"Faithful to its Founders, it is the Society's constant concern to renew and adapt itself to the changing conditions of the world... no work of charity is strange to the Society. Its work involves all forms of aid by individual contact in order to promote the dignity and integrity of man."
Fundamental principles of the Rule of the Society of Saint Vincent de Paul.
How the SVP was Formed
The Society of St Vincent de Paul was founded in Paris in 1833 by a group of Catholic students who, led by Blessed Frédéric Ozanam, aimed to put their faith into action through direct contact and assistance to the poor.
Inspired by the work and teachings of St Vincent de Paul, a priest who abandoned the profit of an ecclesiastical career at the Royal Court in favour of working with the marginalised and forgotten poor of France in the 1600s, the group placed itself under his patronage.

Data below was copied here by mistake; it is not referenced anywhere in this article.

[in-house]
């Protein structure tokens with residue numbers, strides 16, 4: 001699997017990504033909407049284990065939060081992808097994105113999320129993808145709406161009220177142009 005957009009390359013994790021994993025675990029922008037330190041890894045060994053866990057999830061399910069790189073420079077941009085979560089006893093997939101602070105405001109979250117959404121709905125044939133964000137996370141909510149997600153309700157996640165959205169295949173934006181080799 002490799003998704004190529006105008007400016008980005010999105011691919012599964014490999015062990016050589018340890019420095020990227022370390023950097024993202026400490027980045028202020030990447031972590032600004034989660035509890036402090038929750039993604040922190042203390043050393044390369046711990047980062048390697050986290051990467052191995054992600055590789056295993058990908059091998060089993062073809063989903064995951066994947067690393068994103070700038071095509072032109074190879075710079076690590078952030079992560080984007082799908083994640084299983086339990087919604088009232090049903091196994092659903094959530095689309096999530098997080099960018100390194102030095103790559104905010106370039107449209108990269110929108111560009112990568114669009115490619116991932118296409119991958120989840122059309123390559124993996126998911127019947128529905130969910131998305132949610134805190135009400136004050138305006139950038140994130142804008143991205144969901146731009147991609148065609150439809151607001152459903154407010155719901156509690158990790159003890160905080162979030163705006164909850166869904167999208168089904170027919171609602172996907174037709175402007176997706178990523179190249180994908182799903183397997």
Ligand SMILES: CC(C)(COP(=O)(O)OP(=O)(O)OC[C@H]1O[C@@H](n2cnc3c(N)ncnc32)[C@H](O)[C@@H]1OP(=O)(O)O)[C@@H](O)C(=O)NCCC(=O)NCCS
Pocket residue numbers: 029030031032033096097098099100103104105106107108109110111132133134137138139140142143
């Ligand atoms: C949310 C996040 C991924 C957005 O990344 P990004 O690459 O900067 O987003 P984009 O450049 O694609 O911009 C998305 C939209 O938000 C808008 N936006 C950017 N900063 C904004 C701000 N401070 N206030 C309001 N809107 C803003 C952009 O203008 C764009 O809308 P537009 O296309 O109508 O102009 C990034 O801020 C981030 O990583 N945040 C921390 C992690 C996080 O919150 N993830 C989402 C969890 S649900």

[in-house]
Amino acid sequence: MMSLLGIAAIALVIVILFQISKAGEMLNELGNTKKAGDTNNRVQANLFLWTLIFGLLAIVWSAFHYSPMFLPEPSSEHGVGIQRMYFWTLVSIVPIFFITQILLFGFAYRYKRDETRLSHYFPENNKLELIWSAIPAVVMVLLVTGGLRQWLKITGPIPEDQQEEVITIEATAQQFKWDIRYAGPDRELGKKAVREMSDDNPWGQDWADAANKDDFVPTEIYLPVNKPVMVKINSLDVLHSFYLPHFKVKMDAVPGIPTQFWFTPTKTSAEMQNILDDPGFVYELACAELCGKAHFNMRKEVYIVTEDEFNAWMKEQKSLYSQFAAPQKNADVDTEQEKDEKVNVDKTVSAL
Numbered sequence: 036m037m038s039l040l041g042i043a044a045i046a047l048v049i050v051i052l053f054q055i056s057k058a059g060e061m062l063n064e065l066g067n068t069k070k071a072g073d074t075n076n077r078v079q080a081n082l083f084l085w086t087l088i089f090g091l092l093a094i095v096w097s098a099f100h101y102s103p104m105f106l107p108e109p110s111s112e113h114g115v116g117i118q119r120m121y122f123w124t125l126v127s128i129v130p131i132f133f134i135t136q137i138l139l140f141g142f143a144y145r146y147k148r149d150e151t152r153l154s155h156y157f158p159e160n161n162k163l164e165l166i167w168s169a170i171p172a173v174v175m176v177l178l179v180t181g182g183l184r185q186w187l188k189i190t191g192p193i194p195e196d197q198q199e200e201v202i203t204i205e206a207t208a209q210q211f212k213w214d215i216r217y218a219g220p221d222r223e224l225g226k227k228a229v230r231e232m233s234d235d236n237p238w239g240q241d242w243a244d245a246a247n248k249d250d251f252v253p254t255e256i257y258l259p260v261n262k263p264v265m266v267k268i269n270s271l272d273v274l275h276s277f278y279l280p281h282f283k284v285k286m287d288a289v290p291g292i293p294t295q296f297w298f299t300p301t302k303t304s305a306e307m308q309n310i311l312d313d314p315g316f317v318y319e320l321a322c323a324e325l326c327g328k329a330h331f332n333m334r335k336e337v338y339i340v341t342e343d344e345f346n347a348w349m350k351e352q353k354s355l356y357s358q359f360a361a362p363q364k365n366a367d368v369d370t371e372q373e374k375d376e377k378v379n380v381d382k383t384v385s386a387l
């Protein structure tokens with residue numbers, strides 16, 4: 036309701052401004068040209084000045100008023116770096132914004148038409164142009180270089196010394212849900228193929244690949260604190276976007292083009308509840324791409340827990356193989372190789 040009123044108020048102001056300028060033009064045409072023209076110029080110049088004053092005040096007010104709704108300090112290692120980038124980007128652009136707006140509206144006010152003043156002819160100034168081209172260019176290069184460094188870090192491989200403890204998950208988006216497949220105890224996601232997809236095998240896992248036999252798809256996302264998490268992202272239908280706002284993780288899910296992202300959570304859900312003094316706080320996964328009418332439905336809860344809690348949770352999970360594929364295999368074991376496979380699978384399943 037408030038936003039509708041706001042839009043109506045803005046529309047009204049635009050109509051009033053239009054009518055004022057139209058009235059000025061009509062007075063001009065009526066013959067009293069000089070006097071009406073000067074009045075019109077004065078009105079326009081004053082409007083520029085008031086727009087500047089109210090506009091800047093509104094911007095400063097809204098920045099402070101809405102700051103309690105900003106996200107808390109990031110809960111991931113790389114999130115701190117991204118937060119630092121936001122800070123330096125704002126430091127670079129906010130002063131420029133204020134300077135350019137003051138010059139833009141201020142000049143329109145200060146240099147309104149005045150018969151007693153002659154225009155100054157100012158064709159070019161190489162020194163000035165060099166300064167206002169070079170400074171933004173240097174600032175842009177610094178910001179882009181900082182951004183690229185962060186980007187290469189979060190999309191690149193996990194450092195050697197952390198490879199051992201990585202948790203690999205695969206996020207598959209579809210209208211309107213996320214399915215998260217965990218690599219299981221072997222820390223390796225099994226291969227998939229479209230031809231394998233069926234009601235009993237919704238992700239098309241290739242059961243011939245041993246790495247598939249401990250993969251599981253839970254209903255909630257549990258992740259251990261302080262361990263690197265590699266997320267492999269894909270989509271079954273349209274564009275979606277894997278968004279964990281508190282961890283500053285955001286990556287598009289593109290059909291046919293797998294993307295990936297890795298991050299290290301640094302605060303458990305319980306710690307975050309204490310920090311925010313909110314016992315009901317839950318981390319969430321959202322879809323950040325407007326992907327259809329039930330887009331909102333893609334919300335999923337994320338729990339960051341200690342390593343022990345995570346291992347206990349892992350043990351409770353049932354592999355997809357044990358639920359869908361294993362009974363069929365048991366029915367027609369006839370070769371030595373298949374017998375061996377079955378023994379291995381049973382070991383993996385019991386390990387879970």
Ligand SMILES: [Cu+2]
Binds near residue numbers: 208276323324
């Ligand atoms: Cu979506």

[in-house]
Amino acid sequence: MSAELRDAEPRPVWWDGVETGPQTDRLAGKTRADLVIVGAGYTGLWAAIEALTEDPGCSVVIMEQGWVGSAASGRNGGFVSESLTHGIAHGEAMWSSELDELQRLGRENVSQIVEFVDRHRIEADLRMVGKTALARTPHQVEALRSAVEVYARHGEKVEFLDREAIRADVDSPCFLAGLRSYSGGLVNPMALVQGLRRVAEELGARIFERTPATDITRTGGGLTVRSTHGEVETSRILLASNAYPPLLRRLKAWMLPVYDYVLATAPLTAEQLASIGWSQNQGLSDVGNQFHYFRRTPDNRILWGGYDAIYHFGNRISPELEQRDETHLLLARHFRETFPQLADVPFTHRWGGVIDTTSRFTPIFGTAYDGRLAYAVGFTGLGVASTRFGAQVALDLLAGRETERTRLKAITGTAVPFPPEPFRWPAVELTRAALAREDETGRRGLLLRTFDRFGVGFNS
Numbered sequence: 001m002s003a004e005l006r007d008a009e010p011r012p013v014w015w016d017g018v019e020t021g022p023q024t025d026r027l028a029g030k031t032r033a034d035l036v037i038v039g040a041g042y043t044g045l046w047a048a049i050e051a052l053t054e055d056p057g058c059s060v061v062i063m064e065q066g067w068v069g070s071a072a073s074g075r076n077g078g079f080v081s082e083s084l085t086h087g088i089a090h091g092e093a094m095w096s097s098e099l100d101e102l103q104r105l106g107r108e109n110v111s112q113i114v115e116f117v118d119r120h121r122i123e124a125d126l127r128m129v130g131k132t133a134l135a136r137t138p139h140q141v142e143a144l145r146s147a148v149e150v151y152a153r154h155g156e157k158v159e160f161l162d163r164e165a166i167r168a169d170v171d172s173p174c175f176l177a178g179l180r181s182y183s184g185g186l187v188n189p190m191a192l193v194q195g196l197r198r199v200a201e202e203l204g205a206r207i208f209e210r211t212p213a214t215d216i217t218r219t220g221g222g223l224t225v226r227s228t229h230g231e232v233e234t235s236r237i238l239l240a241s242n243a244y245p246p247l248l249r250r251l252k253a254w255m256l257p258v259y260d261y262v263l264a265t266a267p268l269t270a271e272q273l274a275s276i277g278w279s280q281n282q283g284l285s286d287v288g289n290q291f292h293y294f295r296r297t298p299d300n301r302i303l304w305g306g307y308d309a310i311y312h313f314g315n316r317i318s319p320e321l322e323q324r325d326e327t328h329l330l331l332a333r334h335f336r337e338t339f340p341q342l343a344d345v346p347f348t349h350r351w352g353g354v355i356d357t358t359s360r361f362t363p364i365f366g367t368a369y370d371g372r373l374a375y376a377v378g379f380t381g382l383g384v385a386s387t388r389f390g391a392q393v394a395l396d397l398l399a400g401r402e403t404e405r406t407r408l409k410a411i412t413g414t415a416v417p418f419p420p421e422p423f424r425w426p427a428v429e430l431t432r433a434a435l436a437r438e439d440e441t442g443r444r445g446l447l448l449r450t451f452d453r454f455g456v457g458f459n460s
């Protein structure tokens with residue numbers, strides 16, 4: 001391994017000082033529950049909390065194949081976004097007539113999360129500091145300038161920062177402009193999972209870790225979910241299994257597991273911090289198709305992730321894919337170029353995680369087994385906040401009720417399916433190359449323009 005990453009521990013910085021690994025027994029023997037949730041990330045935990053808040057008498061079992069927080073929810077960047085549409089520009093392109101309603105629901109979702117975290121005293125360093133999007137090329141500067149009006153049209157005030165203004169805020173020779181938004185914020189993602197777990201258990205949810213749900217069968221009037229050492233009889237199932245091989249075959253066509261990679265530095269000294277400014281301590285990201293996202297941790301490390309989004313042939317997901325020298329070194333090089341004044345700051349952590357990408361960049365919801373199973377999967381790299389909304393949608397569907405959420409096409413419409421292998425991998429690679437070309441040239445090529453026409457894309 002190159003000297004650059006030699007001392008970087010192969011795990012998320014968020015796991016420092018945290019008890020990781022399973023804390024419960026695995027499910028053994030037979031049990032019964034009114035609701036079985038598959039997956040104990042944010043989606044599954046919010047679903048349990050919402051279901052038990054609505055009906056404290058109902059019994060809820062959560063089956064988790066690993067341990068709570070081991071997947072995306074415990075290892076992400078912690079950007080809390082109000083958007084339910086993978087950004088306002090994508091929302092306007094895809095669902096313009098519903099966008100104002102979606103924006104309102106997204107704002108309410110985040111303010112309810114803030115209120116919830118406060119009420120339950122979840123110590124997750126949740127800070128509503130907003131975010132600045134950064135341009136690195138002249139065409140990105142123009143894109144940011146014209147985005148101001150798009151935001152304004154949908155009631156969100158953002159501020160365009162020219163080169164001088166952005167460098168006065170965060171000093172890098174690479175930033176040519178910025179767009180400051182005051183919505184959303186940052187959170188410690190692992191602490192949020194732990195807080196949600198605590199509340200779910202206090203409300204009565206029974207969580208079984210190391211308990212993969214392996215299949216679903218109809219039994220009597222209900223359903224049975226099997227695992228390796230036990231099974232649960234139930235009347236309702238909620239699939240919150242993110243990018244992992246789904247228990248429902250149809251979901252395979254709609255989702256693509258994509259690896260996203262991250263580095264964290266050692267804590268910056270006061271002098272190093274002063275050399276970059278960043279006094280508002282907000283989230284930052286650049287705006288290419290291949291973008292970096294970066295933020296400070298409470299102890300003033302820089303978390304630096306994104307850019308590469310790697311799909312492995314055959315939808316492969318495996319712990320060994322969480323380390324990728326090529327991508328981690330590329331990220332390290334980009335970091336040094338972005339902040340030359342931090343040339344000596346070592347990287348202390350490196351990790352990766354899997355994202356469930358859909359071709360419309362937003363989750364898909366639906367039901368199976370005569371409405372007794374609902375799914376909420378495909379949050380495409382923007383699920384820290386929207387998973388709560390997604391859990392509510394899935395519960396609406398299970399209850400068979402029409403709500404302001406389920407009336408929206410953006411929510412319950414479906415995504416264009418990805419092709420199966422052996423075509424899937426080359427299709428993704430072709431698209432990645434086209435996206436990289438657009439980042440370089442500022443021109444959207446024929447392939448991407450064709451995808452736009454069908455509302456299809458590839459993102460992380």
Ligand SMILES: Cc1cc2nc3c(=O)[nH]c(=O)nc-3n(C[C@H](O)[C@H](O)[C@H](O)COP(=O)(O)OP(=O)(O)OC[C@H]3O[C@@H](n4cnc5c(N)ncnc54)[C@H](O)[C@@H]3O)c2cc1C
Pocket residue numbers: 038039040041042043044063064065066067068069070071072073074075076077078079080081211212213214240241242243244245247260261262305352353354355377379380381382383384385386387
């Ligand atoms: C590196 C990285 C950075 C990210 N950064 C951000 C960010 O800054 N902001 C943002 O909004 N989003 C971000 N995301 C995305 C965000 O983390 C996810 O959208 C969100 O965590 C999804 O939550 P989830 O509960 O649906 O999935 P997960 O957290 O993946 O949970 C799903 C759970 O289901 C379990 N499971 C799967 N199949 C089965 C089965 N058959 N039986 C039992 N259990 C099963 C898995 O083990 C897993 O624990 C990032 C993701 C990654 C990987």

A few years after its foundation, the organisation had grown in numbers and soon spread to other countries. By 1844, the first Conference of Charity had been formed in England & Wales.
The Society founded by Frederic almost two centuries later would continue its work not just in France, but across the world. The work would be undertaken by ordinary people who felt called to turn concern into practical action and to alleviate poverty in all its forms.
For more information on the history of the Society see:
- Founding of the SVP
- Inspirations for the Society
- Growth of the Society in England & Wales
- Other Key Vincentian Figures
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